There’s a lot of information out there about phishing attacks – and plenty of misinformation, too. Believing the wrong thing about these attacks could end up costing you big time.
Here are 5 myths that should be dispelled right away.
1. It’s a trap for non-tech-savvy users
Some people believe older, less tech-savvy employees are the only ones who fall for phishing attacks. But that’s not the case.
Phishers are getting better and better at their craft, to the point where even those who know a thing or two about security are prone to making huge and costly mistakes. Even IT departments can be targets of attack.
2. They go after low-hanging fruit
Time was, phishers would target someone – anyone – in an organization to gain a foothold into the systems. Administrative assistants, low-level employees, etc.
But these days, the attacks are getting more and more pointed. Some employees are at an especially high risk of attack. For example:
- Payroll and HR. With the tax information of employees (that can be used for return fraud) and a treasure trove of Social Security numbers and other sensitive info, there’s no wonder these users are among the most frequently targeted.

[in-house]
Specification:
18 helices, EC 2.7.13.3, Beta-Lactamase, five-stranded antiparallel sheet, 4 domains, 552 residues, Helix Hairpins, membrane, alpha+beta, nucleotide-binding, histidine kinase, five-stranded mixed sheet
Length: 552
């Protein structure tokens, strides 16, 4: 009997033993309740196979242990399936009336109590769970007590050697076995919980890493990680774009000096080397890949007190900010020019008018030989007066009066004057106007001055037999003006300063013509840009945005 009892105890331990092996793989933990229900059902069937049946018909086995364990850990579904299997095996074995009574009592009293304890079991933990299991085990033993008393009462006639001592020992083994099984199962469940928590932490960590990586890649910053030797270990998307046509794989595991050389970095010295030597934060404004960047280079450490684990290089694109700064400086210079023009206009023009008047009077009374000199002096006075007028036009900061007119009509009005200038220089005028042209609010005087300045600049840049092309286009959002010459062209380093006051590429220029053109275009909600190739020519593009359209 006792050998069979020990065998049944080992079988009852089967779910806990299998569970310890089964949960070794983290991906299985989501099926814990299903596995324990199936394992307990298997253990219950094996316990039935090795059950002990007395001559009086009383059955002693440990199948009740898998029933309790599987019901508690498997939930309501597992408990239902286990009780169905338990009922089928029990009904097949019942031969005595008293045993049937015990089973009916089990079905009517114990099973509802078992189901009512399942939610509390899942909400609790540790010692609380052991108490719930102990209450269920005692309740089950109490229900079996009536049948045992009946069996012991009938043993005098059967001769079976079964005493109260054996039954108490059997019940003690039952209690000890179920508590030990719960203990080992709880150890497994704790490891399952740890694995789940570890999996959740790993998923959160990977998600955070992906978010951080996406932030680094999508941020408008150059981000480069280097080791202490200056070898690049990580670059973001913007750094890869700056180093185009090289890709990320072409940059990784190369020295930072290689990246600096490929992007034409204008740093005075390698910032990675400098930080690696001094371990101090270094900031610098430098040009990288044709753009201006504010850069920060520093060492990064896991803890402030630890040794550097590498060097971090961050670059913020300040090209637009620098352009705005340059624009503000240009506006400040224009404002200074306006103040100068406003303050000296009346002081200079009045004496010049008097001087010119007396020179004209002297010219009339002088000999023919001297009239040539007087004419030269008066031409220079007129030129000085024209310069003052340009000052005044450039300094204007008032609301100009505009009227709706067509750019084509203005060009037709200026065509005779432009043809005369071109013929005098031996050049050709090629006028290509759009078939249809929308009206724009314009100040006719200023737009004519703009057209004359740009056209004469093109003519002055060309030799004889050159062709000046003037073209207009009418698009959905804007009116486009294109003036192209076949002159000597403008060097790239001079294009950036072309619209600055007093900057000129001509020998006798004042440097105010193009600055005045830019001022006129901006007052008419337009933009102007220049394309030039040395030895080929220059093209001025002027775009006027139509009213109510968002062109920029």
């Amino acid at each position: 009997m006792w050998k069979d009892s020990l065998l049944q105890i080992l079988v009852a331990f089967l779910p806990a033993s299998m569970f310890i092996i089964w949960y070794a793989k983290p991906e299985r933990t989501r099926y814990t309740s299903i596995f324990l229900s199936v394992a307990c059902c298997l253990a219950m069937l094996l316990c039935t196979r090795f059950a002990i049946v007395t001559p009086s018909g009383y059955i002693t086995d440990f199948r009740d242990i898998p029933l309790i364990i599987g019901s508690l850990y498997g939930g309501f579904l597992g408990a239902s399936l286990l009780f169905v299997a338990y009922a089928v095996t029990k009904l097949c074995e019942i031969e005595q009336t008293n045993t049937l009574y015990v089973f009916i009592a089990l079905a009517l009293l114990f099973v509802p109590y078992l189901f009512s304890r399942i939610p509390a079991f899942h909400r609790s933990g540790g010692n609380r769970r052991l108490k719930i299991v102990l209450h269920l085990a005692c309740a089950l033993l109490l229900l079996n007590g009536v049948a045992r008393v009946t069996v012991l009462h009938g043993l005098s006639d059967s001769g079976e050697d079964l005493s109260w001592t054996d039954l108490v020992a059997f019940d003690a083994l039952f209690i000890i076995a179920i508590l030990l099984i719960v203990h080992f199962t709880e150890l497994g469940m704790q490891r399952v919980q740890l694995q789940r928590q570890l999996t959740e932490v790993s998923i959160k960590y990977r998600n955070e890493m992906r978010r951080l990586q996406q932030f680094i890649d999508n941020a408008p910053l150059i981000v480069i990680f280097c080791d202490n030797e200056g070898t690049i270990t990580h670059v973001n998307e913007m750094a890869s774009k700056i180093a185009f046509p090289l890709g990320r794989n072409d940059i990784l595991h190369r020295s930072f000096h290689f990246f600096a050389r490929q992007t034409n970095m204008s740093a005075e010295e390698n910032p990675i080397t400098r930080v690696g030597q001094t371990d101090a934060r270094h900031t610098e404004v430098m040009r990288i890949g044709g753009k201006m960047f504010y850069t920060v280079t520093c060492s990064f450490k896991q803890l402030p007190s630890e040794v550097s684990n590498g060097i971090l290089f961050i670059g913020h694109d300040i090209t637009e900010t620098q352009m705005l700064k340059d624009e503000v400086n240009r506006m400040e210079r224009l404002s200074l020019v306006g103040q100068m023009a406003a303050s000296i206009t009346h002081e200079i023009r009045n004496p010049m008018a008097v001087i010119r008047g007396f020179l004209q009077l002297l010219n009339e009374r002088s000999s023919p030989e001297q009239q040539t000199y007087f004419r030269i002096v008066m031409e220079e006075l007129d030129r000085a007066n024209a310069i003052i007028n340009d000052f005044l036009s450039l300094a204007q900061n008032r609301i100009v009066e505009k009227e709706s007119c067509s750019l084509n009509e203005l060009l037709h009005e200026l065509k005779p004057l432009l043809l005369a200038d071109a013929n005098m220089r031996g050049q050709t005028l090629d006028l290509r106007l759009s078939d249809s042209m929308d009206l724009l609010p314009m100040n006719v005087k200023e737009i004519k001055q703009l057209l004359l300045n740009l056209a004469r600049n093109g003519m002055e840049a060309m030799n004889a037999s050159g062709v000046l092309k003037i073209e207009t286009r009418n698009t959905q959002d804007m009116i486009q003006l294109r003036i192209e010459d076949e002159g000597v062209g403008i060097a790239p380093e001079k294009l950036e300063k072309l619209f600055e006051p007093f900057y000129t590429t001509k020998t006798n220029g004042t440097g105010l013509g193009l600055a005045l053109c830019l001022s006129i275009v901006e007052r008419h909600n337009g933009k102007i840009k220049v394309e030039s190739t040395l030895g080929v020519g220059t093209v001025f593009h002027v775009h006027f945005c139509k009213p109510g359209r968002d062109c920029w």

- Accounts payable. If you’re looking for cash, these are the people you’d want to fool the most.
- Systems admins. If you have administrative credentials, the world is your oyster. That makes high-level IT pros a difficult, but attractive target.
- The C-level. These are the people who generally have the most access to the most data. No surprise they’re the big target.
3. Spam filters catch most of it
Automated security solutions are fine. You should definitely have them.
But if you’re thinking they’ll protect you against the best phishing attempts, they won’t. These aren’t email blasts that go out to thousands of recipients, they’re messages crafted to hit one person and one person only.
Many domains and phrases will be weeded out by the filters. But you can be sure that many others won’t.
4. They all want the same things
Phishers aren’t always after passwords, or information, or even money. Some may be interested in multiple things. Some may not even know what they want, and will decide once they have access to your systems.
The reasons for an attack are as varied as the methods phishers use. So your defenses need to be robust.
Train every user what kinds of things attackers may be after so they don’t remain silent about a potential attack assuming it’s not important.
5. You’re not a target
Chances are you’ve already been targeted. And if not, you soon will be.
Prepare as if the message is coming tomorrow. Train your users today.